[Hpn] Concord Homeless man loses battle with alcoholism

William C. Tinker wtinker@verizon.net
Sat, 09 Feb 2008 11:05:52 -0500


This is a multi-part message in MIME format.

------=_NextPart_000_0004_01C86B0B.BC19D140
Content-Type: multipart/alternative;
	boundary="----=_NextPart_001_0005_01C86B0B.BC19D140"


------=_NextPart_001_0005_01C86B0B.BC19D140
Content-Type: text/plain;
	charset="iso-8859-1"
Content-Transfer-Encoding: quoted-printable

            =
http://www.concordmonitor.com/apps/pbcs.dll/article?AID=3D/20080209/FRONT=
PAGE/802090315

            Concord
          =20
              =20
            Homeless man loses battle with alcoholism=20
          =20
            Family says he was devoted to his son =20
     =20


      By SARAH LIEBOWITZ
      Monitor staff
    =20
    =20
      February 09. 2008 =20

    =20
                   =20
            Steven Aliberti seemed to know he didn't have long to live.=20

            His body was deteriorating, damaged by a decades-long battle =
with alcoholism and other illnesses. Homelessness was a further strain: =
For about seven years, Aliberti spent his days and nights outside, =
punctuated by occasional stays in jail and, when the temperature dipped, =
visits to First Congregational Church's emergency cold weather shelter. =
"He must have known he was really bad off," said Brenda Aliberti, =
Aliberti's ex-wife.=20

            The morning of Jan. 26, Aliberti was found lying in the snow =
near a site frequented by Concord's homeless. Suffering from severe =
hypothermia, Aliberti, 52, spent several days in Concord Hospital's =
intensive care unit before dying Jan. 30, said David Keller, the pastor =
of First Congregational Church, where Aliberti had been sleeping.=20

            Several days after arriving at the hospital, Aliberti's body =
seemed to begin shutting down, and he was placed on life support, Keller =
said. It's unclear how long Aliberti was lying in the snow before he was =
discovered.=20

            Since First Congregational Church began opening its doors to =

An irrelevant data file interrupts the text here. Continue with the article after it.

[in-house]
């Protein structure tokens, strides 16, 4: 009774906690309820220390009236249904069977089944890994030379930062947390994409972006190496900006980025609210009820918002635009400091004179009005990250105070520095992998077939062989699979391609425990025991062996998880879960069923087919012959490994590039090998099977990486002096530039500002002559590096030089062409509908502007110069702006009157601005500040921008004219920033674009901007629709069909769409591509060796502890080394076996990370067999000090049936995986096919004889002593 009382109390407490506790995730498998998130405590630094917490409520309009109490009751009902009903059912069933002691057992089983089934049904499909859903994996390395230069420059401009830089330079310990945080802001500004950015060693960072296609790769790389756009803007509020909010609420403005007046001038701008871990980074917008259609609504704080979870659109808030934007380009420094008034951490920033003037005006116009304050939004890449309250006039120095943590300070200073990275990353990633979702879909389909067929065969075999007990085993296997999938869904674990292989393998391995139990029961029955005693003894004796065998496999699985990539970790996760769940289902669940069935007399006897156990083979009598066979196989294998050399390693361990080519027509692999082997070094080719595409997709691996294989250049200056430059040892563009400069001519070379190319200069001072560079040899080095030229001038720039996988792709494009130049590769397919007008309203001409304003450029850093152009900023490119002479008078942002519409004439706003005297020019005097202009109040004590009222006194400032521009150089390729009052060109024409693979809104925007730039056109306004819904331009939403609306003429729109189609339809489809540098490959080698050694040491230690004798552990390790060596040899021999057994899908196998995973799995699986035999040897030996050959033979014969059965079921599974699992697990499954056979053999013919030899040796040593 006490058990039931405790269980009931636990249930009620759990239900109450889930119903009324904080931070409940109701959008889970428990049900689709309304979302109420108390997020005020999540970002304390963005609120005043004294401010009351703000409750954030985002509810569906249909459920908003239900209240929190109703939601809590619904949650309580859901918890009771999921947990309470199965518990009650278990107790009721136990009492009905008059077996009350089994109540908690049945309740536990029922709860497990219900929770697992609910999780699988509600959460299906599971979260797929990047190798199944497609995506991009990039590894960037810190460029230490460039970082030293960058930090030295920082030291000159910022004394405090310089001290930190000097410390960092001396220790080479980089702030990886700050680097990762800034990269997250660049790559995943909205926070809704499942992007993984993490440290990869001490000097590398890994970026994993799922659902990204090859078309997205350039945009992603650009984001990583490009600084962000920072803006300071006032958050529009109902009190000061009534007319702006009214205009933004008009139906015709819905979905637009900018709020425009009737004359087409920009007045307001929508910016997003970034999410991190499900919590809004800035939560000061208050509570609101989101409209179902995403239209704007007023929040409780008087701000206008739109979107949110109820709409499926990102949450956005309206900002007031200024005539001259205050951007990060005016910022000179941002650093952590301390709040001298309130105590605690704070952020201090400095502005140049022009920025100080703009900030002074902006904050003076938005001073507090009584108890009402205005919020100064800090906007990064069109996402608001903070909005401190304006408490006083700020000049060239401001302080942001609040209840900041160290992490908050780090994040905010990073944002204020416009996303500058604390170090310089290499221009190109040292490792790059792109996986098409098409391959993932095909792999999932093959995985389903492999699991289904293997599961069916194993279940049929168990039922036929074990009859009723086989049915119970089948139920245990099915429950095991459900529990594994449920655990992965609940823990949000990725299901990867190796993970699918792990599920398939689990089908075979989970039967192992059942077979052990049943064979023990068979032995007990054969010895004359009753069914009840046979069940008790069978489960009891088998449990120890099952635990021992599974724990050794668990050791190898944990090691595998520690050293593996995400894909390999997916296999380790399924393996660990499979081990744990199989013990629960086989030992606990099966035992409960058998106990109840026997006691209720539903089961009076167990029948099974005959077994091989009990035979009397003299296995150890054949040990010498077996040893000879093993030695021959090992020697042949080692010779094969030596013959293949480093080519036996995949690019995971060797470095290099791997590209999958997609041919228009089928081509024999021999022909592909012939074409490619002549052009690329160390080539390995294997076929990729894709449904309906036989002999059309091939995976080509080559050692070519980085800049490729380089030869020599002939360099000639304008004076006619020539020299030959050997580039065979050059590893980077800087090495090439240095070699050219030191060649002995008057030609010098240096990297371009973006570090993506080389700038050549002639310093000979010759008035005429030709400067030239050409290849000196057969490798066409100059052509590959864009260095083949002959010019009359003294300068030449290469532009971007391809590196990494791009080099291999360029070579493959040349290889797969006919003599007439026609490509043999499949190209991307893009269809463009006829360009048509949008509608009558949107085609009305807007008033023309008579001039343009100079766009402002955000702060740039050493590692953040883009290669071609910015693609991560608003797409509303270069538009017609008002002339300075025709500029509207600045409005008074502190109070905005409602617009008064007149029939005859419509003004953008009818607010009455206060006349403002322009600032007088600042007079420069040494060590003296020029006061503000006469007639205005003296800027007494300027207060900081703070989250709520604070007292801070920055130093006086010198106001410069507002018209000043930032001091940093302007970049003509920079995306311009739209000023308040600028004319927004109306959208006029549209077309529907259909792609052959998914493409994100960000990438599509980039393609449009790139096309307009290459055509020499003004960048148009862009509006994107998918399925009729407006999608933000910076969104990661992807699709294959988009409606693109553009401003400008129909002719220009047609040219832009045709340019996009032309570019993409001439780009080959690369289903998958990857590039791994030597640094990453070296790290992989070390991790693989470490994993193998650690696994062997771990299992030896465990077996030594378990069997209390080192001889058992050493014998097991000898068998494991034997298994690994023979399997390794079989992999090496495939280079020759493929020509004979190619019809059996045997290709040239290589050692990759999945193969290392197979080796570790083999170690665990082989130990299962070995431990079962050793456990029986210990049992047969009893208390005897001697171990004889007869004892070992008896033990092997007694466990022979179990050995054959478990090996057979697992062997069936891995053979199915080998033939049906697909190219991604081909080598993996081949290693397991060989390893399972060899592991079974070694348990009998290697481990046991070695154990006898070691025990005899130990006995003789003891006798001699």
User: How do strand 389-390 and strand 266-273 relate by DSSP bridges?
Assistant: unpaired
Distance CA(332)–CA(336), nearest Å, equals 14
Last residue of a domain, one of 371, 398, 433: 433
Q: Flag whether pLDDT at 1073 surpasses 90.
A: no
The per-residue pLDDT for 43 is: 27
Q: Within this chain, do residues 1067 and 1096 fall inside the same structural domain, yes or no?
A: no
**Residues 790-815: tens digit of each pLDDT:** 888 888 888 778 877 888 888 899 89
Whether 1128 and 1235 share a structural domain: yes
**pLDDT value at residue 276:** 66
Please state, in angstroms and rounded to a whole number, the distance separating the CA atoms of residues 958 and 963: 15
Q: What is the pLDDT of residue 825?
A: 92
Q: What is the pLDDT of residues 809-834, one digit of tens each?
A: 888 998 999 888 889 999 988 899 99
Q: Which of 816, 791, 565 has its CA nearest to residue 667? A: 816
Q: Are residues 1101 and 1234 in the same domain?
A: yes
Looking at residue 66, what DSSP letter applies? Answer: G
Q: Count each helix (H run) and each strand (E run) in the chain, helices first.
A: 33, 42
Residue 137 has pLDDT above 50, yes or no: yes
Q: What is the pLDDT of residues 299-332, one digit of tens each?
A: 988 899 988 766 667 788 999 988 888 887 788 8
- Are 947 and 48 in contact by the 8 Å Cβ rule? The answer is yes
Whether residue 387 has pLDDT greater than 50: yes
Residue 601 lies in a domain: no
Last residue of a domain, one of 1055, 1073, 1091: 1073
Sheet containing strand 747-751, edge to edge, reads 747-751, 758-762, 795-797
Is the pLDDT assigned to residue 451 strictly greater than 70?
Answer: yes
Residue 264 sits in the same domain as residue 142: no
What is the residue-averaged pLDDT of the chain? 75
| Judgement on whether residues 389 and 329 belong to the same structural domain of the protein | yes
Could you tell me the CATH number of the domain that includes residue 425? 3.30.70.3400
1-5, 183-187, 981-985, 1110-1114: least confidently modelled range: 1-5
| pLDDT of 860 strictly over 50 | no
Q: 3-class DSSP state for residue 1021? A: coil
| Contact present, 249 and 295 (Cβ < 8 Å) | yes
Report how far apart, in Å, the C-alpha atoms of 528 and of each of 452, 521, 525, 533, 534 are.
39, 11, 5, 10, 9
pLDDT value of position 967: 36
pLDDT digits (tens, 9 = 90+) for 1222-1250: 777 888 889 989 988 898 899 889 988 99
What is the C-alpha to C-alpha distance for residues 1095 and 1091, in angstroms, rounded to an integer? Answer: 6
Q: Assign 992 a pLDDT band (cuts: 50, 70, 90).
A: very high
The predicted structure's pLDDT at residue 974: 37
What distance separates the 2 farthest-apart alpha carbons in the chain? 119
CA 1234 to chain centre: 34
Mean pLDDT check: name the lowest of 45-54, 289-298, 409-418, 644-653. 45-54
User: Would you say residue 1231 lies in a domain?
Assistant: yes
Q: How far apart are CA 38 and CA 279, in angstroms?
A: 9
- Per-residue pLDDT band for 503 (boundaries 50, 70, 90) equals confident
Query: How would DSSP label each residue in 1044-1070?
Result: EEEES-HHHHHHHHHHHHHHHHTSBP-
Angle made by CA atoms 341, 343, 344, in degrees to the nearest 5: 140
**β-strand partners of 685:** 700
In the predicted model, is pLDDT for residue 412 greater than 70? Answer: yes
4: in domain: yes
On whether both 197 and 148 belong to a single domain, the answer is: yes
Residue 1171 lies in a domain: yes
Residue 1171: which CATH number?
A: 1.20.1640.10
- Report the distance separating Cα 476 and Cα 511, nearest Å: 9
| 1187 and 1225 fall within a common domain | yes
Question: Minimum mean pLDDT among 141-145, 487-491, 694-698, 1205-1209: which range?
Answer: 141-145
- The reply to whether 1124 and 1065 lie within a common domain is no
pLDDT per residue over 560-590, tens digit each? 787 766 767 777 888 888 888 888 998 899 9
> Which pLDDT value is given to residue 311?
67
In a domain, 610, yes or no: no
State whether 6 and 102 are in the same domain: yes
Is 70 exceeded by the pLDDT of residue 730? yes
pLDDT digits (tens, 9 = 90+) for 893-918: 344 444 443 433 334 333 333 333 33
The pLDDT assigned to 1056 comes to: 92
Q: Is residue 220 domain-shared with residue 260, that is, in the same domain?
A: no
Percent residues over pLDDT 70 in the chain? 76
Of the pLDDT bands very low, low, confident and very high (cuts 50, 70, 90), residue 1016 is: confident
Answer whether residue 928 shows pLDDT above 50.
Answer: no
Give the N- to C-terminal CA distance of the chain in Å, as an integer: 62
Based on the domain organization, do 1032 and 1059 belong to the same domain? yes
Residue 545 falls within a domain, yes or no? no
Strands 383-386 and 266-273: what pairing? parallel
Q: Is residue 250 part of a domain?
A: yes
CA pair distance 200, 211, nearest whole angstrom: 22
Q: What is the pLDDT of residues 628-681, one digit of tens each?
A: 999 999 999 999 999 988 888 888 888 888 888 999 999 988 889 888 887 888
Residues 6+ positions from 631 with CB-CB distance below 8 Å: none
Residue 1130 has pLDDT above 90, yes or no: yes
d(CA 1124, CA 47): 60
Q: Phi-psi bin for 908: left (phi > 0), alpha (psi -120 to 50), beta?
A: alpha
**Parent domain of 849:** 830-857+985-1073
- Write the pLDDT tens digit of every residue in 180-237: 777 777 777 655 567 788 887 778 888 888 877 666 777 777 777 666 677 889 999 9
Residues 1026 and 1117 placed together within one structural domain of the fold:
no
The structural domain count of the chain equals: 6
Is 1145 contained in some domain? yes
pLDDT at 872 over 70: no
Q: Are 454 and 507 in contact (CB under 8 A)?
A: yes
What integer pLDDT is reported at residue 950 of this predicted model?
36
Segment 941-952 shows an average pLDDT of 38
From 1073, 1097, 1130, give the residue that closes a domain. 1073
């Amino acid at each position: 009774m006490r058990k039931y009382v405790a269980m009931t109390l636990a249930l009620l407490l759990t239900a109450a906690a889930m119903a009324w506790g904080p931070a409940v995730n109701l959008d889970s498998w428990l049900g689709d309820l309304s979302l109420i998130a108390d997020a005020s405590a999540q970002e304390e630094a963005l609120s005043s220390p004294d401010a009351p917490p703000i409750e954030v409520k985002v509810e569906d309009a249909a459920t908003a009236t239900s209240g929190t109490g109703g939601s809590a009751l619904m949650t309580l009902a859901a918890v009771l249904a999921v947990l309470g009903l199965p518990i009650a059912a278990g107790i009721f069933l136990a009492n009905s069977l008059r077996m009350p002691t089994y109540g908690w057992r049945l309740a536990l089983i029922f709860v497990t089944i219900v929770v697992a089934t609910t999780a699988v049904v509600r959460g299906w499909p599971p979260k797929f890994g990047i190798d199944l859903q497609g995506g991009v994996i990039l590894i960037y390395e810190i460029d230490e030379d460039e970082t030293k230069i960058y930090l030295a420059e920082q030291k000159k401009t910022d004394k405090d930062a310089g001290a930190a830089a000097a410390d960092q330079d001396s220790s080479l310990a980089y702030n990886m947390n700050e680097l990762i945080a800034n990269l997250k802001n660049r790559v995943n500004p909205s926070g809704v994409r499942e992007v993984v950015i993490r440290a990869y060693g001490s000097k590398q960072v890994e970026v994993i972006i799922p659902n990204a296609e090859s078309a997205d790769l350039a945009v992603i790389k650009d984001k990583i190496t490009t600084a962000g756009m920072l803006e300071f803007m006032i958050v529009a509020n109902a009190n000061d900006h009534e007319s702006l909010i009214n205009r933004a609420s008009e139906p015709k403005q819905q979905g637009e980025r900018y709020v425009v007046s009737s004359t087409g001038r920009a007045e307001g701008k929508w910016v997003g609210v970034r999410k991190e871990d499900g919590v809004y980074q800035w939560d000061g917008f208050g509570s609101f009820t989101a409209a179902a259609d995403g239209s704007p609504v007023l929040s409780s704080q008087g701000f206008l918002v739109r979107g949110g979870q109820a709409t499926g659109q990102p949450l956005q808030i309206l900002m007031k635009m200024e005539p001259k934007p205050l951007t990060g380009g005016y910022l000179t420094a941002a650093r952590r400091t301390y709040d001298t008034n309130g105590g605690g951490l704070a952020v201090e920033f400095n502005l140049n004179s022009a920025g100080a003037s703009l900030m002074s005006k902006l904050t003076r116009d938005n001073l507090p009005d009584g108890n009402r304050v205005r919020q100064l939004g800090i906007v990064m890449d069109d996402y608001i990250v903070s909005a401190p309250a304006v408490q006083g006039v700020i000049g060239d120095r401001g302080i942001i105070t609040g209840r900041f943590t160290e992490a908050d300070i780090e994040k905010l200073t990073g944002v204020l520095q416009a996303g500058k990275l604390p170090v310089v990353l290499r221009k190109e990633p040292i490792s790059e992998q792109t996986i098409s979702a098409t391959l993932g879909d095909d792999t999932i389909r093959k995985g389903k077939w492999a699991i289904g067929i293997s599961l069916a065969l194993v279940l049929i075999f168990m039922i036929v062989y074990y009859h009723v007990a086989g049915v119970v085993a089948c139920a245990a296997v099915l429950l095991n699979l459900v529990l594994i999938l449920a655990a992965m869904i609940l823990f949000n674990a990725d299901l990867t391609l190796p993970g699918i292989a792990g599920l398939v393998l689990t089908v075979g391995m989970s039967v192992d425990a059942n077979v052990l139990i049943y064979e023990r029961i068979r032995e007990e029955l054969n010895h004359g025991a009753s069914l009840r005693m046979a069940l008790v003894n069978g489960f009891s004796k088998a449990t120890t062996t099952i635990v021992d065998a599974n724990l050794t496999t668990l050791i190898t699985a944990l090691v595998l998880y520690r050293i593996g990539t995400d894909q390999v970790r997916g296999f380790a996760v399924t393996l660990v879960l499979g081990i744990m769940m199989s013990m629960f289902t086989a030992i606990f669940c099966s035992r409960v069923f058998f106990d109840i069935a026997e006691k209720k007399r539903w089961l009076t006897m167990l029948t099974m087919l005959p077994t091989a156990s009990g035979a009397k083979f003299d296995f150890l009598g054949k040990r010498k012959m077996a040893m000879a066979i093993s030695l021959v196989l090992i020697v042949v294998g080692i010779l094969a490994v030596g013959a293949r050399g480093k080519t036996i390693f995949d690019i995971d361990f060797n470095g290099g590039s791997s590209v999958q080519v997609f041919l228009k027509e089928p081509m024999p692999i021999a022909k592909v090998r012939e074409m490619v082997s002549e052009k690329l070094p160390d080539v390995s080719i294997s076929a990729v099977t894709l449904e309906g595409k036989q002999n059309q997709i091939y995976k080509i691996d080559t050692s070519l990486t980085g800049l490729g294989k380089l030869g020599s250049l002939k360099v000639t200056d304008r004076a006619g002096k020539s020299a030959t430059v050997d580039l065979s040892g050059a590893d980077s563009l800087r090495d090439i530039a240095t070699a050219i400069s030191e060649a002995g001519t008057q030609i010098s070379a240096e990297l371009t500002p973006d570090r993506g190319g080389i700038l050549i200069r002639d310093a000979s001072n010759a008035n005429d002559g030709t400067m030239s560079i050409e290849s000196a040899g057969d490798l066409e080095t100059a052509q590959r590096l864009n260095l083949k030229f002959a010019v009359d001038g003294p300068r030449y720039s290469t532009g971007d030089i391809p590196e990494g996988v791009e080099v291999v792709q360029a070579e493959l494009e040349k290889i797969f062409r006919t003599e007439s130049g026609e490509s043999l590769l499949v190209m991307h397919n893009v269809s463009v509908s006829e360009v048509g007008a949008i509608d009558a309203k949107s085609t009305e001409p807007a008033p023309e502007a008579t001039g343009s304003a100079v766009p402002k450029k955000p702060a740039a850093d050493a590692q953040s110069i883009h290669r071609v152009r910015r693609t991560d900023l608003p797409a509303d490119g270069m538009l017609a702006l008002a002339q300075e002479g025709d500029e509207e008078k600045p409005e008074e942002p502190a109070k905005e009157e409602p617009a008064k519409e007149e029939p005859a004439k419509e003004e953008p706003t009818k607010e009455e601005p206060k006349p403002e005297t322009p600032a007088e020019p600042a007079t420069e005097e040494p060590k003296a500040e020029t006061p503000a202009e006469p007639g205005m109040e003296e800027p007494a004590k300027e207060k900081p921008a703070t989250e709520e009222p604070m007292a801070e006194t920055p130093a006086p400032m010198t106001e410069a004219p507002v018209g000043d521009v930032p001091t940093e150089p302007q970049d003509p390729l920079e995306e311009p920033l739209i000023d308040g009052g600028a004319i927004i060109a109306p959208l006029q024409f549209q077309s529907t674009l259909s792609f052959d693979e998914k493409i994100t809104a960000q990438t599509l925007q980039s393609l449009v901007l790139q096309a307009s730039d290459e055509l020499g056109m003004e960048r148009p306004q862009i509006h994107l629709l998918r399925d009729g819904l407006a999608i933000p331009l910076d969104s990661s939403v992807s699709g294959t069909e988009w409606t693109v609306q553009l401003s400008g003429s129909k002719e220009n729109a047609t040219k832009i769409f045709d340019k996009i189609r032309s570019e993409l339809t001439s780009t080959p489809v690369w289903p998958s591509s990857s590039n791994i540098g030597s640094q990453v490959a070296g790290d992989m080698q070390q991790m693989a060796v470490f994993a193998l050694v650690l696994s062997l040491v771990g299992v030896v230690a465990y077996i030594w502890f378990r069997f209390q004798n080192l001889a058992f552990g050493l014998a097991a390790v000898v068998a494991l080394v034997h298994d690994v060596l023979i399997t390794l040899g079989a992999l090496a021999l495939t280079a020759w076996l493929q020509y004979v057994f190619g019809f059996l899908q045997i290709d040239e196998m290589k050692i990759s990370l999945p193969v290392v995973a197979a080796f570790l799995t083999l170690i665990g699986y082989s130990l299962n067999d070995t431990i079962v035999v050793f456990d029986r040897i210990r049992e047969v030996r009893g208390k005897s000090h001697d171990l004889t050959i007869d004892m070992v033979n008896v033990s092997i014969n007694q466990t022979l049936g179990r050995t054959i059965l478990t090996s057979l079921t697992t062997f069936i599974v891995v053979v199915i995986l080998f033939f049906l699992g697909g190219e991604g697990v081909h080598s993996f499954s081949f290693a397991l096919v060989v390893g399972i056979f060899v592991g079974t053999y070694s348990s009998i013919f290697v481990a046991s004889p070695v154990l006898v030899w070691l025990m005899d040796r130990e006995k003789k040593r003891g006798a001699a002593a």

Concord's homeless during the coldest months, Keller has presided over =
several funerals for shelter guests. Like Aliberti, there have been =
other men who died in middle age, often after years without a stable =
home. Aliberti's memorial service will take place this afternoon, at the =
church where he spent so many nights.=20

            "We're just not ready," Brenda Aliberti said. "He kept =
making it through the winters, so we had hope."=20

            Aliberti's years of homelessness belied his family ties. =
Unlike other shelter guests, Aliberti had a network of relatives and =
friends, several of whom lived in Concord. He doted on his and Brenda =
Aliberti's 10-year-old son; before becoming too ill, he took his son =
swimming and bike riding. After Brenda Aliberti helped her former =
husband purchase a cell phone, he called almost daily, she said. She =
repeatedly attempted to find him an apartment, making calls to =
landlords. When he went too long without checking in, she went =
searching.=20

            "He had a family that continuously reached out to him," =
Keller said. "It's not a lost person. It's a person with a family and =
with connections and with love." Shortly before Aliberti's death, he =
spent time with his father and stepmother, who visited from Vermont, =
Keller said. Shelter volunteers and hospital workers also attempted to =
help.=20

            Despite those links, Aliberti never managed to break free of =
his addiction. He drank heavily, imperiling his health, those who knew =
him said. Living without a home in Concord, he was surrounded by other =
drinkers.=20

            "It's very hard for people to understand how overwhelming =
this illness is, especially if you're homeless and you have no hope," =
Keller said. "It's your coping mechanism."=20

            Attempts to recover=20

            But Aliberti's is also a story of attempted recovery, and =
the hurdles facing those seeking treatment. Just before his death, =
Aliberti made two attempts to enter a treatment facility, only to find =
that there were no open beds, Keller said.=20

            On one occasion, employees at Concord Hospital helped =
Aliberti search for a treatment center opening - before they found one, =
however, Aliberti was discharged from the hospital, and he started =
drinking again shortly after, Keller said. After that first attempt, =
shelter workers helped Aliberti make more calls.=20

            "I really believe that Steve was making as best of an =
attempt that he could to get sober, but (there was) no doubt that his =
addiction had gotten the best of him," Keller said. "But that's not to =
say he didn't want it," Keller added, referring to treatment.=20